Reciprocating Compressors Lubricating And Oil Cooling

Although small compressors may be able to achieve adequate lubrication of the moving parts by splash lubrication, virtually all reciprocating compressors used in industrial refrigeration practice are provided with forced lubrication. A positive-displacement pump draws oil from the crankcase and delivers the oil to bearings, cylinder walls, and to the shaft seal on many compressors. Most pumps are driven off the compressor shaft and some are nonreversible, which fixes the required direction of compressor rotation.

Several auxiliaries to the compressor lubrication system are the oil cooler, a crankcase heater, a separator to remove oil from the discharge gas, and safety cutouts. Particularly on large compressors, the oil is passed through a
watercooled heat exchanger that cools the oil. The rate of water flow required for cooling is of the order of 10 liters/min (several gallons per minute). Another guideline is to set the water-flow rate such that the leaving water temperature is about 45°C (113°F), and then rely on the compressor manufacturer to have provided a cooler large enough to maintain a satisfactory oil temperature with this flow rate. A typical oil temperature during operation is 50°C (122°F).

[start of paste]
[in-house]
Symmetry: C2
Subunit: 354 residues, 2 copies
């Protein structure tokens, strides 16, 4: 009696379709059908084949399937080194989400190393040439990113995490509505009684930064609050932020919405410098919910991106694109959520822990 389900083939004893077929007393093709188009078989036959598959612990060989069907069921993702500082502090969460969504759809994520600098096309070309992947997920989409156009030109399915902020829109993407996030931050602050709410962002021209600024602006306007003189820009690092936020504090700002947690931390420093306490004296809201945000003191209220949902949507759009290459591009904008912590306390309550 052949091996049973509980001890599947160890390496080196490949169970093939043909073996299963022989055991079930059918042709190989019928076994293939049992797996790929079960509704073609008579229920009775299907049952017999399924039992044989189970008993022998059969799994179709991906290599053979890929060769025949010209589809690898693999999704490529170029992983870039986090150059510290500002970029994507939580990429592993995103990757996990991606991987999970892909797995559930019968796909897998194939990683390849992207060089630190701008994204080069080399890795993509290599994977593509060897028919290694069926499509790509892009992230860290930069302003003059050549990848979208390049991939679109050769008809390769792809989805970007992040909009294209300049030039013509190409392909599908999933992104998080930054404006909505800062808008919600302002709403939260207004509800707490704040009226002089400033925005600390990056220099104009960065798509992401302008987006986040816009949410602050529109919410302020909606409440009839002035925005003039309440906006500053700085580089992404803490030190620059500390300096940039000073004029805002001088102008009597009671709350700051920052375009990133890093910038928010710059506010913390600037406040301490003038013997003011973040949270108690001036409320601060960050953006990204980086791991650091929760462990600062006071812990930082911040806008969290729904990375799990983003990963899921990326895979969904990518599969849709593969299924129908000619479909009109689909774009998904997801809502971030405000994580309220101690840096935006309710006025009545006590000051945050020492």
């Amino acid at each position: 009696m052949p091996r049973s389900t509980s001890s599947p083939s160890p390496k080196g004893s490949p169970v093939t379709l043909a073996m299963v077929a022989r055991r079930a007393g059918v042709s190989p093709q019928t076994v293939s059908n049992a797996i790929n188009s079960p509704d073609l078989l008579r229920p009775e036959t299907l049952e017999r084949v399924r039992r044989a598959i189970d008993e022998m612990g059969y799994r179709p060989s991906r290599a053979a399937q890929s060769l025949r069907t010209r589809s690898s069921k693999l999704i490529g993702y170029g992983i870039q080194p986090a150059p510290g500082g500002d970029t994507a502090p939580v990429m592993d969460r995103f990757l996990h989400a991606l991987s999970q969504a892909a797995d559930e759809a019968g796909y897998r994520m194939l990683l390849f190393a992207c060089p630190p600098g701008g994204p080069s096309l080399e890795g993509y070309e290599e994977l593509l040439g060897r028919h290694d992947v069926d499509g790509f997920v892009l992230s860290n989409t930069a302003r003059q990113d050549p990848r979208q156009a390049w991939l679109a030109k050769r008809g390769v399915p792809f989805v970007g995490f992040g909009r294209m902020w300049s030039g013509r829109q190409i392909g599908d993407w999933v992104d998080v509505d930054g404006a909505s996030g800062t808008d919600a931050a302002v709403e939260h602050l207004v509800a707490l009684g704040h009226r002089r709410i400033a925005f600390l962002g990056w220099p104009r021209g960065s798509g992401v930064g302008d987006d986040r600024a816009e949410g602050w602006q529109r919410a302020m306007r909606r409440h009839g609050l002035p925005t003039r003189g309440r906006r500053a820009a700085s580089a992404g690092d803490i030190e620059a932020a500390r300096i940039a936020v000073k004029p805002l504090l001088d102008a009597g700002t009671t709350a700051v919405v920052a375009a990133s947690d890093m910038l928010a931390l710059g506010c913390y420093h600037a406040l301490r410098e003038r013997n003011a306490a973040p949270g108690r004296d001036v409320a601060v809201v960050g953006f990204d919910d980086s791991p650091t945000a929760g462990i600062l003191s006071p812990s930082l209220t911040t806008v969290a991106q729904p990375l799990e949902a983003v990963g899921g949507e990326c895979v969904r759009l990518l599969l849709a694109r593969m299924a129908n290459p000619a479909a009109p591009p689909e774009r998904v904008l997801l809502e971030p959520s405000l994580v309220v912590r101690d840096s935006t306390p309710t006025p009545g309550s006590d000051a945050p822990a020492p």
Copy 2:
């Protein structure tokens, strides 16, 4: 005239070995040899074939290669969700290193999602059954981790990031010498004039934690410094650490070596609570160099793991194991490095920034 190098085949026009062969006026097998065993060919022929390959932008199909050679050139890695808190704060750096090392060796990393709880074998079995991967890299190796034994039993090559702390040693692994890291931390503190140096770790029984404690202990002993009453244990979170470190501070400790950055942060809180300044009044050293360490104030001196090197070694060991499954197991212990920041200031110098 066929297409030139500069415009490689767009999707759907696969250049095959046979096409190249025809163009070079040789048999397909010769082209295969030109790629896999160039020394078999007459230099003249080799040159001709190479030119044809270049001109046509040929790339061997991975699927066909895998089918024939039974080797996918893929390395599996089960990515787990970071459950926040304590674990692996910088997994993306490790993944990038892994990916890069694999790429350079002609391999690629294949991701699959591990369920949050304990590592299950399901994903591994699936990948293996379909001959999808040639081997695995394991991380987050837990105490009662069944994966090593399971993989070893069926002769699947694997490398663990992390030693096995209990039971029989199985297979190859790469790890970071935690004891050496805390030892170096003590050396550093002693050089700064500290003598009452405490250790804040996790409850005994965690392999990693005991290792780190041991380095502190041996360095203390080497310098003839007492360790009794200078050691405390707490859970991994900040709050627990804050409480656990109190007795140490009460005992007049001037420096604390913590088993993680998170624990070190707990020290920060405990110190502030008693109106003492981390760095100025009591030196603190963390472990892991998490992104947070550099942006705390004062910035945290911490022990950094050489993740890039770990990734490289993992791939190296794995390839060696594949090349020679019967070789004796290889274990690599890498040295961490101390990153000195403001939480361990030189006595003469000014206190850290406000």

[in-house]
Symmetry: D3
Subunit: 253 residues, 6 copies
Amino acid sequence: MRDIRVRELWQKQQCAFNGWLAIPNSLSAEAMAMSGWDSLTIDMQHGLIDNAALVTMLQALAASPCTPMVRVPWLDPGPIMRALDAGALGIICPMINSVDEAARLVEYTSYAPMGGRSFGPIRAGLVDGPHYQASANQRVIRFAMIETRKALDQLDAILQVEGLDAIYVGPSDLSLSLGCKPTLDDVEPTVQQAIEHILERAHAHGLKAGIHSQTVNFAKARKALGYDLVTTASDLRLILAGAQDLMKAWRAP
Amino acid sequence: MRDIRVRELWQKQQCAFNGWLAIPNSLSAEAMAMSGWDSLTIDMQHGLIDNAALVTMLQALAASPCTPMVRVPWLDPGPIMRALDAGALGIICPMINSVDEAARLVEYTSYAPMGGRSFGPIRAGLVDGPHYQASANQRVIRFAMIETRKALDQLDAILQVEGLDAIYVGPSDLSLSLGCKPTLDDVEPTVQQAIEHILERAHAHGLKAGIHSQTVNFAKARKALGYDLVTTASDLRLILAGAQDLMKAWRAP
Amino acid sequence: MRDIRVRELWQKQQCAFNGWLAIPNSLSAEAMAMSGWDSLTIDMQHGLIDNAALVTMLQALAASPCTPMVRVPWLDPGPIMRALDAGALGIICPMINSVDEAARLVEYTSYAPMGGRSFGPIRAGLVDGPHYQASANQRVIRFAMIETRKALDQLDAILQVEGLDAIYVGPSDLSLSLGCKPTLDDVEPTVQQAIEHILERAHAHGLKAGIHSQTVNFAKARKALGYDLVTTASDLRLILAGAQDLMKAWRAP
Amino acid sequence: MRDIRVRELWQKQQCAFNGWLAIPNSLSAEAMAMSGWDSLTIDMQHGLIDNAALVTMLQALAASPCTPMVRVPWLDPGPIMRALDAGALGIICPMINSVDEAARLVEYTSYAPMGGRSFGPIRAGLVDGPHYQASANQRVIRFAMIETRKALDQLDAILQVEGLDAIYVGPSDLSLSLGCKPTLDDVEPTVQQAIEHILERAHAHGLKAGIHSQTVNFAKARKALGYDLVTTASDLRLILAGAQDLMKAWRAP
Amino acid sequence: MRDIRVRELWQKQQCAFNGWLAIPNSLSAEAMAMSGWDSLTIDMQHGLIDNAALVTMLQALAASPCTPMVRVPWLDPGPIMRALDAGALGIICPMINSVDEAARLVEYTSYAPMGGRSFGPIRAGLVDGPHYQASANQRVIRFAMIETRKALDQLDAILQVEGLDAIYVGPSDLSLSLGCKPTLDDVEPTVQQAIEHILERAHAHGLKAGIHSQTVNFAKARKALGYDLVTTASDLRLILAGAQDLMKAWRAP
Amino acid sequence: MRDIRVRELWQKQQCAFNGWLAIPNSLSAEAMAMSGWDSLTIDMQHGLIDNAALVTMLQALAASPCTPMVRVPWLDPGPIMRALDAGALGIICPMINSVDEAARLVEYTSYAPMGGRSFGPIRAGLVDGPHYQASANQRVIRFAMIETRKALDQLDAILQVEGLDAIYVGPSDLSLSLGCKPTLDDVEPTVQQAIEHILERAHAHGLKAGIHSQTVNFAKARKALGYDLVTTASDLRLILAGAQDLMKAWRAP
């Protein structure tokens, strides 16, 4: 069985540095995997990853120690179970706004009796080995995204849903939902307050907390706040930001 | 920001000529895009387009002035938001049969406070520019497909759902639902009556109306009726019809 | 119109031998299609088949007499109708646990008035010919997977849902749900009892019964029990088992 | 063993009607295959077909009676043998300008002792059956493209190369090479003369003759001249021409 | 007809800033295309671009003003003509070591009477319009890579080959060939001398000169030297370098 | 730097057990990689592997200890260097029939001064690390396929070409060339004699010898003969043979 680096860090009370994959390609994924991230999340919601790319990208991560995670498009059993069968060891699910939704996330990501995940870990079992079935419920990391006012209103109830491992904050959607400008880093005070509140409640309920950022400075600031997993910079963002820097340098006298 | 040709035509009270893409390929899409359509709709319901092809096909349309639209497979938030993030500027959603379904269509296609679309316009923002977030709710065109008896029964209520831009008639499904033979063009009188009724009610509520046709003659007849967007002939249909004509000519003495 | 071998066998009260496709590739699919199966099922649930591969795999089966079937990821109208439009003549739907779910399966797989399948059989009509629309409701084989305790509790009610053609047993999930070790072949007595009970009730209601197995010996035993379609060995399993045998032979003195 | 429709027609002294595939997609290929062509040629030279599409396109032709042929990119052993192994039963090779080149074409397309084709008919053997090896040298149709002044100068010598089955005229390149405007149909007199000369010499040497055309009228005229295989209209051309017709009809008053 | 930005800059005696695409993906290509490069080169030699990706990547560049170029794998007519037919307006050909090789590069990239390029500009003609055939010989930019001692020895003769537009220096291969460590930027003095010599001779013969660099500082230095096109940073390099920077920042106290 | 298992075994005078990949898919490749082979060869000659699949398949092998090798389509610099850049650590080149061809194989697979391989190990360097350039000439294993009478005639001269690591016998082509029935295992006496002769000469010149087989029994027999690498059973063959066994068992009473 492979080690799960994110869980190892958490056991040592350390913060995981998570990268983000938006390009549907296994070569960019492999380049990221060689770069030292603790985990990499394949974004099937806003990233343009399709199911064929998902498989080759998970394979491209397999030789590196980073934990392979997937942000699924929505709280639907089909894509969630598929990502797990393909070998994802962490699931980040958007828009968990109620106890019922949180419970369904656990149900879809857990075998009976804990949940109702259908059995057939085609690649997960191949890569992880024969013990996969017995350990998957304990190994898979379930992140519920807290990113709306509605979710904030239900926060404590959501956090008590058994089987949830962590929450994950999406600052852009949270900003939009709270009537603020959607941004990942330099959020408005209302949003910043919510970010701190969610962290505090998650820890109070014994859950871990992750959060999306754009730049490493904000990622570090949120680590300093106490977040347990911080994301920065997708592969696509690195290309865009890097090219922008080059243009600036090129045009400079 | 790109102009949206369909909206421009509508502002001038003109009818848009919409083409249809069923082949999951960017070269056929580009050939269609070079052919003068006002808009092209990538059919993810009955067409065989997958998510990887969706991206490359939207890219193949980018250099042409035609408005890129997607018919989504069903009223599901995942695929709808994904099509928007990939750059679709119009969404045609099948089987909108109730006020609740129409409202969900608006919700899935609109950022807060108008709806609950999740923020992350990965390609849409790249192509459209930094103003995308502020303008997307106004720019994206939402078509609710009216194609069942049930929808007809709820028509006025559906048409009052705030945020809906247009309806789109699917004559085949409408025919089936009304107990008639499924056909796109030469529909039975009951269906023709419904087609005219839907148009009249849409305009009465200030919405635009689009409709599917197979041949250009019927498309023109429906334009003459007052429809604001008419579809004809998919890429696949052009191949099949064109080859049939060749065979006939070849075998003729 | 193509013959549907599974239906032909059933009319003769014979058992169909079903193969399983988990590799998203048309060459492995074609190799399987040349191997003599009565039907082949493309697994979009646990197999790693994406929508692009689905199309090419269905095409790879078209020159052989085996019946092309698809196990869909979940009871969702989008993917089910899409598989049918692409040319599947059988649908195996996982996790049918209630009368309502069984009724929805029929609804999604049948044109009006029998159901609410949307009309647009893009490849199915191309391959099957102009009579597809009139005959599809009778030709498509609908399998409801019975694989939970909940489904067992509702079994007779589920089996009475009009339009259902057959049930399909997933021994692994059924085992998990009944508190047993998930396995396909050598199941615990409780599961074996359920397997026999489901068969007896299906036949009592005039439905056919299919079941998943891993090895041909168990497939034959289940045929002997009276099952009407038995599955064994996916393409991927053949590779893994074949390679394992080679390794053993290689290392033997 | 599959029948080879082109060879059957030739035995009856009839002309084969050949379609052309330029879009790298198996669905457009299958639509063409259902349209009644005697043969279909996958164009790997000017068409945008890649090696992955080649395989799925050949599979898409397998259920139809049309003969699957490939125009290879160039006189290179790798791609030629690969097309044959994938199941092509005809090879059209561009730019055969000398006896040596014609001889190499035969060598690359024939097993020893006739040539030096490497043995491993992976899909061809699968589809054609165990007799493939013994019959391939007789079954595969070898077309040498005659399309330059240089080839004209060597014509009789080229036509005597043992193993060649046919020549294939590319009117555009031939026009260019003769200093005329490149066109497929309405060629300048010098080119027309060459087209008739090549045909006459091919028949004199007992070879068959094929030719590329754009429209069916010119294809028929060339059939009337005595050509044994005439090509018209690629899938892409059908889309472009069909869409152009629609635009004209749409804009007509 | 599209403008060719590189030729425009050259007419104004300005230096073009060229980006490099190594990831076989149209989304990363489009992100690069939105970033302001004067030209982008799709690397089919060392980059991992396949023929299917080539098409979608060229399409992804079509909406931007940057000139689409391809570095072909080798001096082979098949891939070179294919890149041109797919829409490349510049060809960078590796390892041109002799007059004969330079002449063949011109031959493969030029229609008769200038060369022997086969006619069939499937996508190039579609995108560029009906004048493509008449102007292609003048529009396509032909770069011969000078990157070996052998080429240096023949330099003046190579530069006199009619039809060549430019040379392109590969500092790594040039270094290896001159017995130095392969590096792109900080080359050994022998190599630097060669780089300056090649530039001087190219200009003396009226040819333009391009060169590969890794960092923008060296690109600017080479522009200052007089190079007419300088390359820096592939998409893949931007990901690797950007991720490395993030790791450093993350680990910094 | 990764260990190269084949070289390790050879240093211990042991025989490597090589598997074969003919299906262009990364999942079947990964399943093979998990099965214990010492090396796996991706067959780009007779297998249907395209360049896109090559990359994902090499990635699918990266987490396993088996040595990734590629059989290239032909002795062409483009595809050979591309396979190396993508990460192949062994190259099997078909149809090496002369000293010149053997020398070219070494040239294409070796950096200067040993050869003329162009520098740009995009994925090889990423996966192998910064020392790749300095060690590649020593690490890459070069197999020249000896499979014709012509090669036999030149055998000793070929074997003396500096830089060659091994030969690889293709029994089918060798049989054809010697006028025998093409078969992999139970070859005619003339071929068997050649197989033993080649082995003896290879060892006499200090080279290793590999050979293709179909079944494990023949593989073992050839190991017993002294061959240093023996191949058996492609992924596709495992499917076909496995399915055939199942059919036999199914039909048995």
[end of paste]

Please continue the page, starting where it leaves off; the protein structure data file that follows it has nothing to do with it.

Crankcase heaters automatically come into service during compressor shutdown. If the oil is permitted to become cool during shutdown, the refrigerant—particularly the halocarbons—will dissolve in the oil. Upon startup, the refrigerant boils off, causing oil foaming and possible oil carryout from the compressor.

The type of oil separator traditionally found in the discharge line of reciprocating compressor is a small vessel using abrupt changes of direction of the oil-laden refrigerant to separate oil droplets that then periodically are returned to the compressor crankcase. The oil concentration leaving this type of separator is in the range of 50 to 80 ppm. When oil-injected screw compressors appeared they required a much more efficient separator, so the coalescing type, which is discussed more thoroughly in Chapter 5, was developed. The coalescing separator reduces the oil concentration to approximately 5 ppm. This type of separator is also now available for reciprocating compressors and is quite widely used on new installations.

Typical safety cutouts associated with the oil system are those that shut off the compressor if a high oil temperature or a low oil pressure occur. The oil pressure cutout usually senses the pressure differential across the pump, which typically must be higher than about 100 kPa (15 psi). The cutout could be set to shut down the compressor after a 90-second duration of low pressure. This time delay permits the compressor a time interval to build up the oil pressure on startup.

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